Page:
BASC commits ‘Fighting Fund’ support to Humber wildfowlers

BASC has agreed to commit financial assistance and expert advice to Humber-based wildfowling clubs suffering from Natural England’s failure to provide a satisfactory consenting process.

Legal opinion has been sought to ensure clubs that have been refused or issued with heavily restrictive shooting consents have all the options and resources at their disposal to respond to Natural England.

This work has been supported by BASC’s Fighting Fund, which was launched earlier this year to promote and protect shooting.

James Green, BASC’s head of wildfowling, said: “BASC is committing financial and staffing resources to areas that threaten the future of shooting.

“The consenting process being undertaken by Natural England will have no conservation or environmental benefit. It simply demonstrates the licensing agency’s priority to gold plate regulation rather than effectively manage the habitat for the benefit of the wildlife that relies on it. 

“Wildfowlers have been the custodians of our protected sites for hundreds of years; Natural England continue to trample on history and conservation in favour of a precautionary approach. We must challenge it!

“The Humber is iconic for wildfowling and a key part of the history of BASC, which came out of WAGBI. It’s important we help shooting face down this threat.”

We will continue to support the Humber clubs.

With many people worried about the future and the direction of travel being undertaken by Natural England (NE), we feel it is important to keep you fully informed. If your club has a valid consent or your wildfowling is outside of the protected site network, then you are unaffected by the current issues, you can carry on this season as you always have. This is the situation for the majority of our wildfowling clubs.

However, the threat to wildfowling should not be underestimated. We all need to play our part and there are several ways you can help in the short term:

Ensure full compliance with club rules. Conditions imposed through the consenting process, or agreements made through landowner leases will be enacted through your club rules; make sure you have read them and ensure they are honored by you and all others. To breach a club rule could also be a breach of the Wildlife and Countryside Act – and as such be a criminal offence.

Bag returns. Record your bag returns following every trip and make sure they are submitted on time at the end of the season. Use the BASC online bag recording system to save time and effort for your club committee. The online returns system is accessible either through the website or the BASC App using your membership number and members area password. If you have not used it before, it is easy to set up and simple to use. If you need any assistance, the BASC wildfowling department can help.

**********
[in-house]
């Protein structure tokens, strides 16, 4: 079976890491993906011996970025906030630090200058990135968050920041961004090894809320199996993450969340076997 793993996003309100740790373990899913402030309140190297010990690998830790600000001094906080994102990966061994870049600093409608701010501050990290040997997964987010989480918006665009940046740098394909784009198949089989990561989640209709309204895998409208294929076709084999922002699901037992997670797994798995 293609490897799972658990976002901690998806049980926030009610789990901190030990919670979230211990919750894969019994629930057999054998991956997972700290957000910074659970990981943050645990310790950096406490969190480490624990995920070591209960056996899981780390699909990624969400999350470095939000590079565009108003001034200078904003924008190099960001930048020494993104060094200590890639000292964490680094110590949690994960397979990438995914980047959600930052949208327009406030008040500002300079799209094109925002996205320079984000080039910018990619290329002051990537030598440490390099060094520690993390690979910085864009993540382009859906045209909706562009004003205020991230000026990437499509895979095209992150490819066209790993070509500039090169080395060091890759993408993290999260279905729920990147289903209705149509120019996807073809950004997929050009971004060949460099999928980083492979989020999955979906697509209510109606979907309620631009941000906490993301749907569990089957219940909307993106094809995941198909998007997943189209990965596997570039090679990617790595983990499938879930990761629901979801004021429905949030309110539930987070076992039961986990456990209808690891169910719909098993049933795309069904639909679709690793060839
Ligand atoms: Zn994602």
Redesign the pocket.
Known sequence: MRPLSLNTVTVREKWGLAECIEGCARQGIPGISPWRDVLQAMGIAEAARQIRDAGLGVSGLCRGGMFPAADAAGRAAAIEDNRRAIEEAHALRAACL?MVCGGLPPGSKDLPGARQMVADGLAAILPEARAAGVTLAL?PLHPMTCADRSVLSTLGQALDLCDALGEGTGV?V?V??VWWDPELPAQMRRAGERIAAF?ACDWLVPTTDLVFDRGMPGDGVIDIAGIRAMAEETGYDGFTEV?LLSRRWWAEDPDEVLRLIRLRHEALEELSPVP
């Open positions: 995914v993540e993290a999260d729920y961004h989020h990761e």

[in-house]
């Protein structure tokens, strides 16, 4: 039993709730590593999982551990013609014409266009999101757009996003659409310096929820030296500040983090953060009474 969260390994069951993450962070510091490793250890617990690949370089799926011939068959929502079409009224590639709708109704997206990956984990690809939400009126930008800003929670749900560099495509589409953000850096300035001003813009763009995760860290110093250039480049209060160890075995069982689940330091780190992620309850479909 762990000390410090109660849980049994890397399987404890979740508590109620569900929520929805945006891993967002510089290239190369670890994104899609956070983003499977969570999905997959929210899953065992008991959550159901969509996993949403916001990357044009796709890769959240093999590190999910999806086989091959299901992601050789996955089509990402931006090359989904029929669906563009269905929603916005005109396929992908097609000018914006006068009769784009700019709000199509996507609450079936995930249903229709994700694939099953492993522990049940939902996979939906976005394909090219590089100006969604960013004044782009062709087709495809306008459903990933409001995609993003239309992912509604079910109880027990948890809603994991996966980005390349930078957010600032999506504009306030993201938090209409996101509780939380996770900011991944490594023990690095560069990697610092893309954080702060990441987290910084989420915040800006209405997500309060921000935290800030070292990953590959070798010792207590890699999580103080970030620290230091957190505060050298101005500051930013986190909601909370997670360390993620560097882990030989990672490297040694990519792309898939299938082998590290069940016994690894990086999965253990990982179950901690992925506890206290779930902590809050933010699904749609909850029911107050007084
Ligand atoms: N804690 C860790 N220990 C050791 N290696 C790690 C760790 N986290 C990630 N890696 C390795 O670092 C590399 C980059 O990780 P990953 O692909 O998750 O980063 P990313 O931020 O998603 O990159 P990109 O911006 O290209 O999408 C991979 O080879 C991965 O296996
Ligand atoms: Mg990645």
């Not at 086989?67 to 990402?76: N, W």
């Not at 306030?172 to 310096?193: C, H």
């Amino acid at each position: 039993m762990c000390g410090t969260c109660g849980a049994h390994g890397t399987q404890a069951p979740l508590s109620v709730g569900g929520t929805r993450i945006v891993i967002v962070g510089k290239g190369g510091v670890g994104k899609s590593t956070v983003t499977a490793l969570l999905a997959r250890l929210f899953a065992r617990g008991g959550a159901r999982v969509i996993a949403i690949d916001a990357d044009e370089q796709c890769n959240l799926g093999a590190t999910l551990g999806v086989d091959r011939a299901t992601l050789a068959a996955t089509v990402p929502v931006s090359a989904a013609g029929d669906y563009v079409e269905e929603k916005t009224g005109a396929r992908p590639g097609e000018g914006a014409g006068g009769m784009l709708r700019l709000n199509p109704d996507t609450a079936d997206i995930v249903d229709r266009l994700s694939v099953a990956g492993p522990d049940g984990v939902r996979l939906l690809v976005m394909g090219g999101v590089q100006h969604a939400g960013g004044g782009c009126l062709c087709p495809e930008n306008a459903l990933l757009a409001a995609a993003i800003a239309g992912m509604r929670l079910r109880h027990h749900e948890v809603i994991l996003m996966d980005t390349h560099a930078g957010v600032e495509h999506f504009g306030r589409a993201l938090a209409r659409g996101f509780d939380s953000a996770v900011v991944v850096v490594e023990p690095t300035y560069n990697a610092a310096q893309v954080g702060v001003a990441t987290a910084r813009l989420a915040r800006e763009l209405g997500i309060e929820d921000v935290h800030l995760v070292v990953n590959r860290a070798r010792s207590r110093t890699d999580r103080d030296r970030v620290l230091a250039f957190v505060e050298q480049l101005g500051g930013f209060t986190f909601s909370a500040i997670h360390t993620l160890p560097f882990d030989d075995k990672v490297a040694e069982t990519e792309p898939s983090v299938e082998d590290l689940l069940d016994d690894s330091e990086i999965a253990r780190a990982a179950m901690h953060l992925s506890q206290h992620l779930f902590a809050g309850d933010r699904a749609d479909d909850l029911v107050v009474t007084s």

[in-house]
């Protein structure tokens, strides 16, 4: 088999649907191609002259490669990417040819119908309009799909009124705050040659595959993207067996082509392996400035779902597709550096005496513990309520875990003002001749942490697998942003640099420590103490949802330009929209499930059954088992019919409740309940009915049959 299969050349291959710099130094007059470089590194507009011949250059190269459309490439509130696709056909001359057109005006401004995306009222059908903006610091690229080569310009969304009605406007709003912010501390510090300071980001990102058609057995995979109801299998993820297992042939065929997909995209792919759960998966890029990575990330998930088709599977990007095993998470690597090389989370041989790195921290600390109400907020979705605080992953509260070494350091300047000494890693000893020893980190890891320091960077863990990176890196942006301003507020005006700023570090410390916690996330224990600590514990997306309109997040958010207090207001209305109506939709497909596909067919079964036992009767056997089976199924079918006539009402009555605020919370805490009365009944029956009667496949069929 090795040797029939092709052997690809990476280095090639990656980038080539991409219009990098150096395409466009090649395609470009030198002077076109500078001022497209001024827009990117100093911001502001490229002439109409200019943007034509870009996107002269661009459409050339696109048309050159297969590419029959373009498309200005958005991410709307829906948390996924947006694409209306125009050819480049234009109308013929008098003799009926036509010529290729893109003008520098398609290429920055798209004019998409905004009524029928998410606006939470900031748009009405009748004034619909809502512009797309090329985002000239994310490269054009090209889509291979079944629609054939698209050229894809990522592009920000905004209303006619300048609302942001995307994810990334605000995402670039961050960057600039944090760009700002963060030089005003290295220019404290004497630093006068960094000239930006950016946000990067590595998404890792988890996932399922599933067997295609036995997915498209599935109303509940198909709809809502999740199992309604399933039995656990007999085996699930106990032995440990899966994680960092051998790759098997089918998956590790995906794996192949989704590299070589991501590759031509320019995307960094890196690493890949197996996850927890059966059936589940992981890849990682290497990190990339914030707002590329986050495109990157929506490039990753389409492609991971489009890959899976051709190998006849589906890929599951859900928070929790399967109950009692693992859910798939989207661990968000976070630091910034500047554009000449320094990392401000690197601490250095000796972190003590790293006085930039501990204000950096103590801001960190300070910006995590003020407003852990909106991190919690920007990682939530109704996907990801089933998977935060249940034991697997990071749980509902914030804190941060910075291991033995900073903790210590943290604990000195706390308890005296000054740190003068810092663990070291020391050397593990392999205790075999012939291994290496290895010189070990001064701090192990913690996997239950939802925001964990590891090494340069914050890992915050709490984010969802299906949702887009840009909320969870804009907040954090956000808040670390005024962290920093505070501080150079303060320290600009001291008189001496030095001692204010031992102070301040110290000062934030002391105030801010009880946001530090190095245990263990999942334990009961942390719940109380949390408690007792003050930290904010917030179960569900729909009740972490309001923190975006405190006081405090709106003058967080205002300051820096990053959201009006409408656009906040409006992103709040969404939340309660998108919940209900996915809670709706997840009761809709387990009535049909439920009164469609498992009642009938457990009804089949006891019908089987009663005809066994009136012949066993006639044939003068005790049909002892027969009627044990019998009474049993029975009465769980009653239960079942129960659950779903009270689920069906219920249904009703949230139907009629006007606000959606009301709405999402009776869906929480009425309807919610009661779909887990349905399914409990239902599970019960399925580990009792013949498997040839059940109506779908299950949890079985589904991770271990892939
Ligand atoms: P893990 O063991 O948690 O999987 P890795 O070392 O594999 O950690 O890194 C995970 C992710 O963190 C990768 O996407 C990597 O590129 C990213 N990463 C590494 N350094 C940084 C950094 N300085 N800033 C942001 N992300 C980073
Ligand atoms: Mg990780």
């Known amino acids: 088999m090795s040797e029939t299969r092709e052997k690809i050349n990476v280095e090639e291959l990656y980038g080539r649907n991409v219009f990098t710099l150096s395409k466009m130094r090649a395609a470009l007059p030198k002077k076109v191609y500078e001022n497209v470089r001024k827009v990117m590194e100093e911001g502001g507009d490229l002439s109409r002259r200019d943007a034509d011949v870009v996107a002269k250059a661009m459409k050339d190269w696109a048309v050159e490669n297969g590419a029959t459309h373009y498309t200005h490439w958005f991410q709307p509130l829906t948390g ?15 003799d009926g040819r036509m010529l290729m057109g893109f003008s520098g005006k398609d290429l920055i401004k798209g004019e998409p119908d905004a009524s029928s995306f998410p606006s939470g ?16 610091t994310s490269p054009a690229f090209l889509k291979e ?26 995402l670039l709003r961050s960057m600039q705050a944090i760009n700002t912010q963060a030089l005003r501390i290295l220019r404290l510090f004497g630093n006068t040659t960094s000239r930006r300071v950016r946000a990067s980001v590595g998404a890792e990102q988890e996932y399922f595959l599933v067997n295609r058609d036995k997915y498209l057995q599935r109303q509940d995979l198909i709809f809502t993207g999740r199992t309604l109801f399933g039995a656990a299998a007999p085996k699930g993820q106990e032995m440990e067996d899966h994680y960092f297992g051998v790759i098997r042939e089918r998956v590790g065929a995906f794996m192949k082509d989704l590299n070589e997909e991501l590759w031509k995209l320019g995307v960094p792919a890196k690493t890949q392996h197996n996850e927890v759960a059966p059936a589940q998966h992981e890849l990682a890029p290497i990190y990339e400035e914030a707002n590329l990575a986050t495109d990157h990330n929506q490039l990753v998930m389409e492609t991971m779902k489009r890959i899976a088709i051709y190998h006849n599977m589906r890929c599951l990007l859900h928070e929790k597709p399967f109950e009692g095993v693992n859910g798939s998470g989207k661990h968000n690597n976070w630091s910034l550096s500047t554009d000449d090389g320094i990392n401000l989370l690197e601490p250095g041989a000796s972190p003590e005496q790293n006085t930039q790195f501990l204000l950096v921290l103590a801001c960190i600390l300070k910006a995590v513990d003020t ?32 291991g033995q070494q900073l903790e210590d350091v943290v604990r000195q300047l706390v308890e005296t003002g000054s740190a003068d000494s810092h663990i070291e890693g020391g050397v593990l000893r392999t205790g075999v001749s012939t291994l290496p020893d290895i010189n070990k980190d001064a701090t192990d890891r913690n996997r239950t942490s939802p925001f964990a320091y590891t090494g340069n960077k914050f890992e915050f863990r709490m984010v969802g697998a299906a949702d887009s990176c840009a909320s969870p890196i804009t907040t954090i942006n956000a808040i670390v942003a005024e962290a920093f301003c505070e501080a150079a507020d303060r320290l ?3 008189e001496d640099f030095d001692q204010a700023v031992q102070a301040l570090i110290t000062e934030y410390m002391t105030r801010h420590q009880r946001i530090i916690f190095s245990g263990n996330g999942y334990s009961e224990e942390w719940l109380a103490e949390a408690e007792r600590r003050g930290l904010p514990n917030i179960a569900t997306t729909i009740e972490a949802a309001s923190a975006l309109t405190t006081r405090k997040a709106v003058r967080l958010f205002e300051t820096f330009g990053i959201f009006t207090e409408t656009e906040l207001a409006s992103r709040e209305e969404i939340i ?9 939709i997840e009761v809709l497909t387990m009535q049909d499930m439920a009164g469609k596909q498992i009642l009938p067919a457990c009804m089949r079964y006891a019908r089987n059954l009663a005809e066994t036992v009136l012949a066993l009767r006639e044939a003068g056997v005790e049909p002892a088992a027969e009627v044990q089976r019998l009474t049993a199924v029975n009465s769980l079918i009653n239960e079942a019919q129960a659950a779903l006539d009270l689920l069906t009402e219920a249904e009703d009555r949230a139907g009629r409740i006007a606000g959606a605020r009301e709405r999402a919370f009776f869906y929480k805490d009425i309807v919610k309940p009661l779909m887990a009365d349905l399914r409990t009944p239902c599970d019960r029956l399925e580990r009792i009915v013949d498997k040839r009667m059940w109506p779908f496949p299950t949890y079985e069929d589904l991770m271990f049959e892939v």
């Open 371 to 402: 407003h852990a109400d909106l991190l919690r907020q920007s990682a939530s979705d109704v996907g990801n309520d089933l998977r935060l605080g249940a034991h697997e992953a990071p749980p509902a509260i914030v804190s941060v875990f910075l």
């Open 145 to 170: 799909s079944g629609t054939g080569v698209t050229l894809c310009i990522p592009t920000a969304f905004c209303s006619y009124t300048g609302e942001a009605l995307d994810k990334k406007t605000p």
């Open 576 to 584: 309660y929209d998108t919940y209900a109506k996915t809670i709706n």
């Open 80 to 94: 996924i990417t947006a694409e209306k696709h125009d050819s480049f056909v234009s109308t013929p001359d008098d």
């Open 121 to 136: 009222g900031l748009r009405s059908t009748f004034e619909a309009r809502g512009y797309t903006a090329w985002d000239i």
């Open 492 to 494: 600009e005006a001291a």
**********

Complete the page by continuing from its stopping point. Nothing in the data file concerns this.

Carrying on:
Wardening.Fulfil your obligations as estuary wardens whenever you are on the foreshore; record any disturbance, pollution events, possible poaching, and bad practice immediately – and make sure those responsible for reporting such activities within your club are made aware so it can be acted on where appropriate. We are the custodians of these fantastic habitats and we need to make sure we do our bit to help them flourish.

Litter picks. As well as large scale club-organised litter picks, pick up any plastic debris from the tideline on each of your visits. Ensure it gets recycled and, most importantly, record it! It might only be 6 plastic bottles but if all wildfowlers do the same on every visit it will soon add up and it will make a difference. These factors and the ability to reference exact figures could have a significant impact on the consenting process in the future.

Participate in Wetland Bird Survey counts (WeBS). WeBS count data is the best available evidence used by the regulator when issuing consents. We highly recommend every club has a proactive relationship with their local WeBS count coordinator. There are many gaps in the data, and we need to make sure these are accounted for. Giving up one Sunday a month during the season isn’t much to ask. It can also do wonders for your quarry identification skill and understanding of the birds and habitat, ultimately adding to your enjoyment.  

Conservation work and pest control. If your club has access to any inland potential breeding sites, make sure you can undertake pest and predator control come the end of the season. If these are within protected sites, make sure individual licences and consents are in place now so you do not miss the opportunity. Ensure duck nest tubes are maintained, replaced or new ones located – they can increase brood success by up to 90 per cent.